The end of burning coal in Oregon is not just a good idea for our clean air, clean water and public health, it will be a certainty within 10 years under a deal negotiated by the Sierra Club and our allies.
After years of legal and administrative wrangling, Portland General Electric (PGE) has finally agreed to settle a Clean Air Act lawsuit over harmful emissions from its Boardman coal fired power plant in eastern Oregon. A coalition of environmental groups including the Sierra Club, Friends of the Columbia Gorge, Columbia Riverkeeper, Hells Canyon Preservation Council, and the Northwest Environmental Defense Center – represented by the Pacific Environmental Advocacy Center – brought suit against PGE in 2008 over Clean Air Act violations dating back decades.
Once approved by the Environmental Protection Agency and the courts, the legal settlement will cement in a 2020 closure date PGE pledged to abide by last year after receiving approvals from state agencies. It will also lead to greater reductions in acid rain causing sulfur dioxide than PGE originally agreed to, and $2.5 million in funding over the next decade for environmental restoration in the Columbia Gorge and northeast Oregon – two areas negatively affected by Boardman’s air pollution since the late 1970’s – as well as investments in reducing air pollution and local renewable energy projects to replace fossil fuels, like rooftop solar.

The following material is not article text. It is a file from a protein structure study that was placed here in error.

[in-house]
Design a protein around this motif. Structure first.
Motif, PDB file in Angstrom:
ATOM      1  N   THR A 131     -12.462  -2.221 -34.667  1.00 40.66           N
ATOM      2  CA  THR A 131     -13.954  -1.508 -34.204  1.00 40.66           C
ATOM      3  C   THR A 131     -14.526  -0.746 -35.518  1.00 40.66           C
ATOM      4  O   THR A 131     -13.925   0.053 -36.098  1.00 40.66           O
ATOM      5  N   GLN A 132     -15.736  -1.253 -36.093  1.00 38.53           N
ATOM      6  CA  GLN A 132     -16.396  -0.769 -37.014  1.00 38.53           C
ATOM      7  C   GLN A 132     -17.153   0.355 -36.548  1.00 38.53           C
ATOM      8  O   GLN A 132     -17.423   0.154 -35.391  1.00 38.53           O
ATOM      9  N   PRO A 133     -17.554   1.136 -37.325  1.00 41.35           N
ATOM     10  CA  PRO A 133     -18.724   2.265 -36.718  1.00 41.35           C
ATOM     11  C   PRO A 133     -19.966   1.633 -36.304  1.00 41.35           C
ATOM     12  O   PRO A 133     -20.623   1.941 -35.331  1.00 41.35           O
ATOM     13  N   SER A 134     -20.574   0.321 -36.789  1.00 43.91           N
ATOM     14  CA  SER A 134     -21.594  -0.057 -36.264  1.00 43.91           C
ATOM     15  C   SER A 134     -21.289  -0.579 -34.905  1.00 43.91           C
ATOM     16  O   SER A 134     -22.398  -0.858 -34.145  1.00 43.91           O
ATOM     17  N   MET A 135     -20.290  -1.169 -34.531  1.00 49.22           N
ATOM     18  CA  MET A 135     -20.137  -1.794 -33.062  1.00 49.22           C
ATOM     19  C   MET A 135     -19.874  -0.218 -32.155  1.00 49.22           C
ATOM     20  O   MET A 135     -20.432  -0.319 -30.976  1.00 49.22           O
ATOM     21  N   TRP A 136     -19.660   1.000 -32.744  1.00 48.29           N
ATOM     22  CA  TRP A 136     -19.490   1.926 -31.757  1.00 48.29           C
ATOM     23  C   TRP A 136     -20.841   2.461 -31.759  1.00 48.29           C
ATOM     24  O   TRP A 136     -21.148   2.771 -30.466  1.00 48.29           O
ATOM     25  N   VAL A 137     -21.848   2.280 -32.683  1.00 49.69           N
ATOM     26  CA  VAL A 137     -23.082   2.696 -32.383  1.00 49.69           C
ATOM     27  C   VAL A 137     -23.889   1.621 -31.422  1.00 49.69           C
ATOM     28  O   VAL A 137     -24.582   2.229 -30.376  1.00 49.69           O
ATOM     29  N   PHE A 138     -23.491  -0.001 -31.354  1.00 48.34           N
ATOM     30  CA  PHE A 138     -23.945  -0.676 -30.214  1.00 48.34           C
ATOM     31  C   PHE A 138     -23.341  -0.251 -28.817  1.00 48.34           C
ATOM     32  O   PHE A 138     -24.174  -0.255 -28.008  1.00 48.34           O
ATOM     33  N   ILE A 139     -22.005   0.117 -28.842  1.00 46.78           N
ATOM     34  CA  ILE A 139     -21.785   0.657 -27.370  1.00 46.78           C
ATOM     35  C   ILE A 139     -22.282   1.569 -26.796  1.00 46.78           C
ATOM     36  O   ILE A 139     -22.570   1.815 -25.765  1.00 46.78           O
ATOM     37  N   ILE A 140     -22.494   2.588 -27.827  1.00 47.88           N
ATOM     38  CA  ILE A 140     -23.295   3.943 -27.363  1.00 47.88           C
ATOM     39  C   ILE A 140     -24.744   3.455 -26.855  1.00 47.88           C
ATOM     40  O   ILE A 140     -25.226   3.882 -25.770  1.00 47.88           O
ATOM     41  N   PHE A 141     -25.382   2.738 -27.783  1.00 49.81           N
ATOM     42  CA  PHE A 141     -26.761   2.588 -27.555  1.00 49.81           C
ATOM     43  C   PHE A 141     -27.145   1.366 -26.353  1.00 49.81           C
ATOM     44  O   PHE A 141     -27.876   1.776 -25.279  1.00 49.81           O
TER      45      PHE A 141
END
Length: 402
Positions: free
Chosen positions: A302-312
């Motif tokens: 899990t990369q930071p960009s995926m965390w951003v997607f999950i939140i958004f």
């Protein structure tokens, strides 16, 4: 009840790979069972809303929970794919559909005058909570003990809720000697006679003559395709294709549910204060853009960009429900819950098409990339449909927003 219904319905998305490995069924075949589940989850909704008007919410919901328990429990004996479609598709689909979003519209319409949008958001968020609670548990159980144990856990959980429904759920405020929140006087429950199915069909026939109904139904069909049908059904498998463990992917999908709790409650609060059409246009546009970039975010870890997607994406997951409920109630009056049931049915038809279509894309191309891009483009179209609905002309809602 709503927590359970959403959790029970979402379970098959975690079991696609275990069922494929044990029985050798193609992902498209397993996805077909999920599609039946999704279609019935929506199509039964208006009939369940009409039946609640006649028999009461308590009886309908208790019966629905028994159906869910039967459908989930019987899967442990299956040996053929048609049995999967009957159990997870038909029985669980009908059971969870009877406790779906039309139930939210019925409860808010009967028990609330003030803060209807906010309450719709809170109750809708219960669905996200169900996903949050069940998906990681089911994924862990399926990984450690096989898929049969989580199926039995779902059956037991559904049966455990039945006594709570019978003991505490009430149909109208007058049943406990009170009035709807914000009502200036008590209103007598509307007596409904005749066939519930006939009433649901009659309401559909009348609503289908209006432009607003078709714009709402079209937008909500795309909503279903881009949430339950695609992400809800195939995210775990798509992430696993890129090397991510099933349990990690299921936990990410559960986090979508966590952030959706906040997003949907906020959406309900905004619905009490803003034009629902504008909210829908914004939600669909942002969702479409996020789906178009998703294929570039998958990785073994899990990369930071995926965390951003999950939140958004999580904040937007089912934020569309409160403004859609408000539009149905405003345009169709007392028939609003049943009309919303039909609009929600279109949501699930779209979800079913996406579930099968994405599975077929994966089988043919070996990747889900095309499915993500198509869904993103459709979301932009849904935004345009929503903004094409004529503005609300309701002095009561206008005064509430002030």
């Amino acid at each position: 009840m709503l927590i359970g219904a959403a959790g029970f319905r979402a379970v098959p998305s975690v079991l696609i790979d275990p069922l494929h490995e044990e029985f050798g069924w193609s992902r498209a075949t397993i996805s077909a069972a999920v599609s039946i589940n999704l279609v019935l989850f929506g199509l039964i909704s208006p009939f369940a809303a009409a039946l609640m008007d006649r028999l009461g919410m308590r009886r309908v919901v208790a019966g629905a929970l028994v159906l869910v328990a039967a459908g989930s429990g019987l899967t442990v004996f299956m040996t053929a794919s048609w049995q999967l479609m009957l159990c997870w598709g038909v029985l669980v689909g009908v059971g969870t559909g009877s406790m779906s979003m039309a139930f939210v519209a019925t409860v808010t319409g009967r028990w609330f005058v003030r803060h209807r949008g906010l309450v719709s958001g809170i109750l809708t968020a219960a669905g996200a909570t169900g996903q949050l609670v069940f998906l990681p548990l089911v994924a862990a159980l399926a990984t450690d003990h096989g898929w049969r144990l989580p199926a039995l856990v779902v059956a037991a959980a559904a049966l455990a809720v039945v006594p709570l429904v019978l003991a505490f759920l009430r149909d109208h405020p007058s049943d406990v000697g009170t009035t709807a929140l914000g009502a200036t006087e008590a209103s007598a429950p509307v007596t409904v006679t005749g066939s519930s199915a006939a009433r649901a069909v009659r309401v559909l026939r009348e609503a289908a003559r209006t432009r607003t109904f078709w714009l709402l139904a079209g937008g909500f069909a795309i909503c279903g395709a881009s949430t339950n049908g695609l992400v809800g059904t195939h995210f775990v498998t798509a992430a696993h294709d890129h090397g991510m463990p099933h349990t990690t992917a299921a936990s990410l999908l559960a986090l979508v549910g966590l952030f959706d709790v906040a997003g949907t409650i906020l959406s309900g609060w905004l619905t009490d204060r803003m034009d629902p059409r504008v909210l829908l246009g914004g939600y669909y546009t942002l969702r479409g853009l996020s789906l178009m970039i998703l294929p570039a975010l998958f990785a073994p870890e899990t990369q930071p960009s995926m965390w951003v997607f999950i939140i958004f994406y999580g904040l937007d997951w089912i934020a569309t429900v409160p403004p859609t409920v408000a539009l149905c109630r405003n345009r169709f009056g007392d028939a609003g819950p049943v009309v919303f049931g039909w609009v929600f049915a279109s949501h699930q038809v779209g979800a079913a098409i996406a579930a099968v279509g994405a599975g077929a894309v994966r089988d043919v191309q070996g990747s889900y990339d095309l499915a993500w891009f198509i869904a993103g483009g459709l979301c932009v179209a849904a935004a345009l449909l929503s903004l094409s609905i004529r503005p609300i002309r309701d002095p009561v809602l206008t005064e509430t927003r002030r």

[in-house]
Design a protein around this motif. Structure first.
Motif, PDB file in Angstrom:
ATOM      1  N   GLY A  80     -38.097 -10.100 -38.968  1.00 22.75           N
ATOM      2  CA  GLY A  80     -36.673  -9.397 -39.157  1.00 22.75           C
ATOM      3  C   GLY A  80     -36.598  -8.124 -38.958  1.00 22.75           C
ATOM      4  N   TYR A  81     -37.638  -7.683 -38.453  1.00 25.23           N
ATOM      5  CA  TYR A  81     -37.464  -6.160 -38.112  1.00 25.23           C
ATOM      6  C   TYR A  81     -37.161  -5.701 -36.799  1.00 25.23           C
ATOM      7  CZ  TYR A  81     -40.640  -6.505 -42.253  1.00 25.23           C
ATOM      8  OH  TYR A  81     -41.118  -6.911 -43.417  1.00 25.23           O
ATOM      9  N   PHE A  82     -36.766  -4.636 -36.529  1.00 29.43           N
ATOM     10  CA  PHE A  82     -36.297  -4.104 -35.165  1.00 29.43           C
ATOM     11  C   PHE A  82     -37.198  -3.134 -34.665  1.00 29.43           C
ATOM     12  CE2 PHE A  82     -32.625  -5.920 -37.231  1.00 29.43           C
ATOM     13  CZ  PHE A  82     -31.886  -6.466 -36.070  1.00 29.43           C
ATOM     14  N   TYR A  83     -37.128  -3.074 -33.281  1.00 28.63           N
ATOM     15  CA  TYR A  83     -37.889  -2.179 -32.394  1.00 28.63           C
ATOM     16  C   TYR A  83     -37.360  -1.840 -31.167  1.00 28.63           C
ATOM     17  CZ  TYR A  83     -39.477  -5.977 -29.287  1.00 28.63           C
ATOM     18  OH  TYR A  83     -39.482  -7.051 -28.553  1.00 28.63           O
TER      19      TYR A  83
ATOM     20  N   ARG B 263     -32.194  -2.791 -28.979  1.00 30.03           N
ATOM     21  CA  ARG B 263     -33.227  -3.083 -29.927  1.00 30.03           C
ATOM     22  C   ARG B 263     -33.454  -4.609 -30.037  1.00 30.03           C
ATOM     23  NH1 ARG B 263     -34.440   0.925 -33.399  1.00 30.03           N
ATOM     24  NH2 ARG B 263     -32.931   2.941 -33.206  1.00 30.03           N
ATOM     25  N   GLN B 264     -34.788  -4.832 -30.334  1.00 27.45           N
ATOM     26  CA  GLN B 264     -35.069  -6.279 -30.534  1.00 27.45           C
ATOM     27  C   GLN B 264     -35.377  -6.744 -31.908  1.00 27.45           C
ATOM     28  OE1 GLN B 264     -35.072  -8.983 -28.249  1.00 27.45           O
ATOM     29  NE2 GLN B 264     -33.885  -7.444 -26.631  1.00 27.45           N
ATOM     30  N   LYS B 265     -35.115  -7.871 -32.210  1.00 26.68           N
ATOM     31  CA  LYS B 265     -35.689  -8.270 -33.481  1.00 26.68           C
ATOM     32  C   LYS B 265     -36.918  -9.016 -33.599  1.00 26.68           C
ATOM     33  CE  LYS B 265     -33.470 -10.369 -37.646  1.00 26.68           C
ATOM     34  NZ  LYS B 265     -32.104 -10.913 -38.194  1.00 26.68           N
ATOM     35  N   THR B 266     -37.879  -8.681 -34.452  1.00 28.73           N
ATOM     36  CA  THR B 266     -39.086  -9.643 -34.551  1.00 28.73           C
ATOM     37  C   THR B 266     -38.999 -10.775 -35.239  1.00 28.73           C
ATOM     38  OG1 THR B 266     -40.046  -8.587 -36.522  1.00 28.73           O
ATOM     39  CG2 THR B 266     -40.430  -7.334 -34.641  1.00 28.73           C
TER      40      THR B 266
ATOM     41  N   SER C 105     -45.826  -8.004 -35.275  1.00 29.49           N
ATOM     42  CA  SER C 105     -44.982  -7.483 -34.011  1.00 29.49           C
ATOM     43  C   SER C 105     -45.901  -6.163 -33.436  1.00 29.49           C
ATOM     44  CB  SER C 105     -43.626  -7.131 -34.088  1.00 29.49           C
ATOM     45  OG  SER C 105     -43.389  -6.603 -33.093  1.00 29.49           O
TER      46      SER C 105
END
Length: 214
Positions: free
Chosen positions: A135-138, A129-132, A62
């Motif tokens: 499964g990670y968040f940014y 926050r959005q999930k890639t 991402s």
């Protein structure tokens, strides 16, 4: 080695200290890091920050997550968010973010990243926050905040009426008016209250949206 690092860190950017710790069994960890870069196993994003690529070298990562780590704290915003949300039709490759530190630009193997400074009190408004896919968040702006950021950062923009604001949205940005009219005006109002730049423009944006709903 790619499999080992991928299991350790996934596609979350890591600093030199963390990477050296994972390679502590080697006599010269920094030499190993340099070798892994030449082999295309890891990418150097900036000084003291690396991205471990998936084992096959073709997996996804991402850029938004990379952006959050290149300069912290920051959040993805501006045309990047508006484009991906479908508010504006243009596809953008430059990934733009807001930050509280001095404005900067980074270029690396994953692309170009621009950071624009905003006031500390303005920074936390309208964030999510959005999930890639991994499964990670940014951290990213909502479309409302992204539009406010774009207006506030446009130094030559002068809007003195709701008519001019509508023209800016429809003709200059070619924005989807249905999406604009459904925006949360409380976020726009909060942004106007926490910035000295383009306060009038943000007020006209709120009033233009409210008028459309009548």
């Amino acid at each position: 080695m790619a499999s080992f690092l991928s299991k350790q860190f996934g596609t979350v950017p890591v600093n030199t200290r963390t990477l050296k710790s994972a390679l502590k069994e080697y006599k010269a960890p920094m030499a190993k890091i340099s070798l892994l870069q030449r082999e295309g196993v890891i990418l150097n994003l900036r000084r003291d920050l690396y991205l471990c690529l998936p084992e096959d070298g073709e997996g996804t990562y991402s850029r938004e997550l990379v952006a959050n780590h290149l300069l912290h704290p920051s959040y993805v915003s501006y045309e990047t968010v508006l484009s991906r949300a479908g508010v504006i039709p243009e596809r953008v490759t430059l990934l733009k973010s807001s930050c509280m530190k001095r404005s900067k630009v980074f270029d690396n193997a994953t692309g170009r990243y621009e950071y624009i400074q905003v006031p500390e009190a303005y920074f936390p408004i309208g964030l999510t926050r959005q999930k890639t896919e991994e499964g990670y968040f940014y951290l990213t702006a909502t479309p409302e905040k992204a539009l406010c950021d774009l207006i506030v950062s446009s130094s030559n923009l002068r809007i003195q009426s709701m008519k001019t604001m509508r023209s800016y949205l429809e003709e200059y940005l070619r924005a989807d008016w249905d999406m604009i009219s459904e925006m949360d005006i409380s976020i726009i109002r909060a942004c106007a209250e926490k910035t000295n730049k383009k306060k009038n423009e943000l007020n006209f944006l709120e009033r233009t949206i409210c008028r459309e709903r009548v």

Here is a link to the Sierra Club’s press release, noting that the Boardman closure marks a milestone in the Club’s national Beyond Coal campaign, which has to date led to the phaseout of some 30,000 megawatts of coal at 153 coal plants, whose carbon emissions total the equivalent of roughly 36 million automobiles.
In addition to creating a legally binding shutdown date that PGE cannot wiggle out of, as well as securing greater reductions in harmful sulfur dioxide than PGE had agreed to last year, PGE has also agreed to pay $2.5 million into a fund managed by the Oregon Community Foundation which will provide:
- $1 million for habitat protection and environmental restoration in the Columbia River Gorge;
- $625,000 for habitat protection and restoration in the Blue Mountains, Hells Canyon and Wallowa Mountains;
- $500,000 for local clean energy projects, such as solar panels on houses; and
- $375,000 for community-based efforts to reduce air pollution.
“Oregon is among those states showing that we can do better than the dirty business of coal,” said Bill Corcoran, Western Region Director for the Sierra Club’s Beyond Coal Campaign. “A healthier and brighter future is arriving in America.”